Rated R - Running time: 2:04 - Reviewed 2/26/99

Nicolas Cage is getting less and less interesting these days. His great characters in Raising Arizona and Peggy Sue Got Married have given way to action figures (Con Air, The Rock, Face/Off), and this is a shame. Of course, there's a heckuva lot more dough to be made as the main character in an action flick than some goofy guy in a goofy movie. He did add some energy to his private eye role in Snake Eyes, blending action with his old-style, overblown characterization. But anybody could have done as well with his part in Joel Schumacher's 8MM. A deeply disturbing film about the evil that lurks in the dirty, dark rooms of the human psyche, 8MM is effective (and seriously creepy), but Cage's part is about as deep as a windowpane. His flat performance is perhaps the only disappointing aspect of the movie.

Cage plays Tom Welles, a detective hired by wealthy widow Mrs. Christian (Myra Carter) to uncover the origins of an eight millimeter film she discovered in her husband's vault after his death. The amateurish "snuff" film, directed by a pornographer for someone's perverse thrills, shows a scantily-clad teenage girl being butchered by a man in a black mask. Understandably, the widow wants to know how her husband came to possess this vile footage, and whether the girl was really killed on film or if it was faked. She is ready to pay Welles whatever he needs to investigate this, and that is why he takes such an unpleasant assignment: He needs the money.

Welles tells his wife (Catherine Keener), who is uncomfortable with his frequent job-related absences, that he'll be finished in a few weeks, but the more he uncovers about the film and the porn industry, the more complex the case becomes. He finds the girl's picture among Cleveland's missing persons files, and tracks down her mother (Amy Morton). He finds an L.A. porn shop owner (Joaquin Phoenix) who identifies the filmmakers. And before he is finished, he discovers much more than he ever wanted to know.

8MM sports three separate bad guys: There are the film's director, Dino Velvet (Peter Stormare), the distributor, Eddie Poole (James Gandolfini), and the onscreen, masked murderer known only as "Machine" (Christopher Bauer). This triumvirate makes one highly unpleasant villain, but none of their performances is outstanding by itself. Added evil, on a lesser scale, is provided by Anthony Heald as the unscrupulous attorney who arranged the deal with the wealthy Mr. Christian.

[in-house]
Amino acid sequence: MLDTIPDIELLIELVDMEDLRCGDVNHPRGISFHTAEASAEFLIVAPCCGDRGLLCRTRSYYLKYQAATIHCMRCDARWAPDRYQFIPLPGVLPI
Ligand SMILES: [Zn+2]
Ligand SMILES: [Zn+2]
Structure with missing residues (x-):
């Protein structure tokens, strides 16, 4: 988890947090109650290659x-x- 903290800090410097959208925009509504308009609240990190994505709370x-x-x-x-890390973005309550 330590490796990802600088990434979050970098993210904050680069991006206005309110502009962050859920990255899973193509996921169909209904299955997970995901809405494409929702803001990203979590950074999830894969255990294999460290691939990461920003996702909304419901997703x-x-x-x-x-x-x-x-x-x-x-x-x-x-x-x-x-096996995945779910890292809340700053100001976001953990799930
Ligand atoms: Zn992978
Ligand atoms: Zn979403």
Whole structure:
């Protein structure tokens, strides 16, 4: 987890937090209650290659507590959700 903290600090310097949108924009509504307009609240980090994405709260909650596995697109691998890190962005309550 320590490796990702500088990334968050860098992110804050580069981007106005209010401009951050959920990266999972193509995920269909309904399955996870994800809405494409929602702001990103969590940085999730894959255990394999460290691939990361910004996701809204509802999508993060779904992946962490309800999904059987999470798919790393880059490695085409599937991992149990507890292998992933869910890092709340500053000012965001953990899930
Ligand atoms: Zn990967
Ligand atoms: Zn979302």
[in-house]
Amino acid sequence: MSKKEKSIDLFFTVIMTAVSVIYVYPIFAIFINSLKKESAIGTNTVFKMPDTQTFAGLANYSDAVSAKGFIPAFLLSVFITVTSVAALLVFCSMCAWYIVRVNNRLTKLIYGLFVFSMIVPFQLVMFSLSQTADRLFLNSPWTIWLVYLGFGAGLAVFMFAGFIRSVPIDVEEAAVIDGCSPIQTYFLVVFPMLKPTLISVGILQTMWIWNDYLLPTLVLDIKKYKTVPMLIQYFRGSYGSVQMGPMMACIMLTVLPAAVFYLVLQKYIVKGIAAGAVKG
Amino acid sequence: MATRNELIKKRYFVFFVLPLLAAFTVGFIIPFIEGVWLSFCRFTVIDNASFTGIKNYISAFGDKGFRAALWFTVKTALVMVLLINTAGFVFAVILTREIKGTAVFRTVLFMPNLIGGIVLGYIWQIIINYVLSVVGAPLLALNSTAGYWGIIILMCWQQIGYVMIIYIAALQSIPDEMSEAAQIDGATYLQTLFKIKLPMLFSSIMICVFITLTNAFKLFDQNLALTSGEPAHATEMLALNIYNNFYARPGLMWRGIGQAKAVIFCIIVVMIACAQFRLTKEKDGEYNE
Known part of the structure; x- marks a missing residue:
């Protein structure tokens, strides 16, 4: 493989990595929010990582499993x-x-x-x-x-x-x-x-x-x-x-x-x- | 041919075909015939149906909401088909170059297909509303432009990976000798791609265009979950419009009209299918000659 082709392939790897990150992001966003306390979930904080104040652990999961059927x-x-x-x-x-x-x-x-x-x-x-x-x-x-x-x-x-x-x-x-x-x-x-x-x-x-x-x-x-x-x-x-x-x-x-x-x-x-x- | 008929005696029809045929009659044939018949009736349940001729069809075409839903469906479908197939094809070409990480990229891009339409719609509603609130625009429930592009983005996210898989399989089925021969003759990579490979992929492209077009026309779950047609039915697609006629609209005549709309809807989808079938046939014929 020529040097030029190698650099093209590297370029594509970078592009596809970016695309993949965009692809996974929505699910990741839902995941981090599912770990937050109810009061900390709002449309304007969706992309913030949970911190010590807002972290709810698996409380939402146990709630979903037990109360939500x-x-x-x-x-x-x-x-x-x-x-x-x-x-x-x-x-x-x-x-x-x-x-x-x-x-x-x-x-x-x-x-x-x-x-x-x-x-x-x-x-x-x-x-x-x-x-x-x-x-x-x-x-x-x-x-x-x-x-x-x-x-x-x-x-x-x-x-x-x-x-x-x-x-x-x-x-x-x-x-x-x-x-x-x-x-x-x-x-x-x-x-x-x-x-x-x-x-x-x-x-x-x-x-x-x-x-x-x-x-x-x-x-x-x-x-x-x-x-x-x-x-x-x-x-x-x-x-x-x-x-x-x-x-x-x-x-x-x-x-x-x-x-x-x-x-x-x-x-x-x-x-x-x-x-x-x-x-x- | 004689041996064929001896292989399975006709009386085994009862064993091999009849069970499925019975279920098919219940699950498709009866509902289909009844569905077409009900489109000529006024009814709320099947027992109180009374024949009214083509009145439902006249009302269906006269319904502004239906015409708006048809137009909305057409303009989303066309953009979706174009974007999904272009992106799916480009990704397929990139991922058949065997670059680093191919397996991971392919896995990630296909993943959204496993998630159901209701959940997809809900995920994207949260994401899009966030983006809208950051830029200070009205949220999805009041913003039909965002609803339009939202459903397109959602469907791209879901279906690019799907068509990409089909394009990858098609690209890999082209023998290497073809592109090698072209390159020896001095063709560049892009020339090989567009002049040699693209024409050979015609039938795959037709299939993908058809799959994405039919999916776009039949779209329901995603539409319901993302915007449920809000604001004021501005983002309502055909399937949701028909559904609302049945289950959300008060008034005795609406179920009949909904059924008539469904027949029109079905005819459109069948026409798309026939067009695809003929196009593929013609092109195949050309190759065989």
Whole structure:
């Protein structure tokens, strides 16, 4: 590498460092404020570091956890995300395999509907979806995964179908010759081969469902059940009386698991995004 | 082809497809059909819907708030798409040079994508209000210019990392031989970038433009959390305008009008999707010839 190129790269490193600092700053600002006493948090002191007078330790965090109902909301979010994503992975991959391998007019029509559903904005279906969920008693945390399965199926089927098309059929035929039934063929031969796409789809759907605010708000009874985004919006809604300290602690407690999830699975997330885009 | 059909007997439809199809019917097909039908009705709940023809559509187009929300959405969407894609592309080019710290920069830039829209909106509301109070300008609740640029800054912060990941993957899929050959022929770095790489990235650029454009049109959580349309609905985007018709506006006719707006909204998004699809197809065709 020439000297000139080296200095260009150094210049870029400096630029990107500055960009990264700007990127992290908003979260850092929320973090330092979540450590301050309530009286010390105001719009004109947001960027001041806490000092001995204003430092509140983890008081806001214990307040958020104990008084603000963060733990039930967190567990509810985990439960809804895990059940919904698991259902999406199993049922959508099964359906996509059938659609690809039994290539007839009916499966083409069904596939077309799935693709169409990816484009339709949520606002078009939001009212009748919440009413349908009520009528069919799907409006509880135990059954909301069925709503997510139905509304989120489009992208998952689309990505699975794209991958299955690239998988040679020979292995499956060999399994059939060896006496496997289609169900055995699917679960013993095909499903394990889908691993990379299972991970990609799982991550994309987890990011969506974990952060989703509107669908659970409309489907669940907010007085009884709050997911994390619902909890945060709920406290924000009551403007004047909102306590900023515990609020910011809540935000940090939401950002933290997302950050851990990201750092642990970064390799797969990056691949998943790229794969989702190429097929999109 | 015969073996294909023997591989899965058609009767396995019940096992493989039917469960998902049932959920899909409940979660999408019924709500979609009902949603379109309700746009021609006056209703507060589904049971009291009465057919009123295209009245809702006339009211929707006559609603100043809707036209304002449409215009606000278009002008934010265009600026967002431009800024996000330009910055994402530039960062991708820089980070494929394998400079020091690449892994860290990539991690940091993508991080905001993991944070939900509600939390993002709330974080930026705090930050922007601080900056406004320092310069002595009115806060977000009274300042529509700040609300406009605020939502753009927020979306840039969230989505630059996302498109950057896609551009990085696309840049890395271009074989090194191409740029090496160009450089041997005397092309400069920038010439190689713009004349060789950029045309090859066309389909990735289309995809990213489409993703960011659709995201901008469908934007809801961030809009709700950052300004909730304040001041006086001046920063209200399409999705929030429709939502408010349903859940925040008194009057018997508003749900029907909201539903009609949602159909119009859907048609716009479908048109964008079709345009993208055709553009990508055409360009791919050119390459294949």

This film was written by Andrew Kevin Walker, author of Seven. It is chilling in a Silence of the Lambs sort of way, but none of the villains is on a level with Anthony Hopkins, and Cage, here anyway, is nowhere near Jodie Foster. For a protagonist, his Welles is not an especially likable character; he is irresponsible with his family and unmoved by the creepy situation. Though he makes a few unconvincing gestures toward being so moved, he doesn't really get going emotionally until the final reel. Phoenix, whose performance in Return To Paradise still haunts me, is nearly that good here as the frustrated musician forced to turn porn vender. His character, like the girl in the film, is one of the millions of "good kids" who sell their souls to pay the rent.

8MM is a film that presents a clear view of something no one wants to see. It makes us crouch in the shadows and watch as the tears of a young girl are treated like cash crops, put on the market for the pleasure of others. It is good work by Schumacher, but hard to watch nonetheless. ****

Copyright 1999 by John R. McEwen and The Republican

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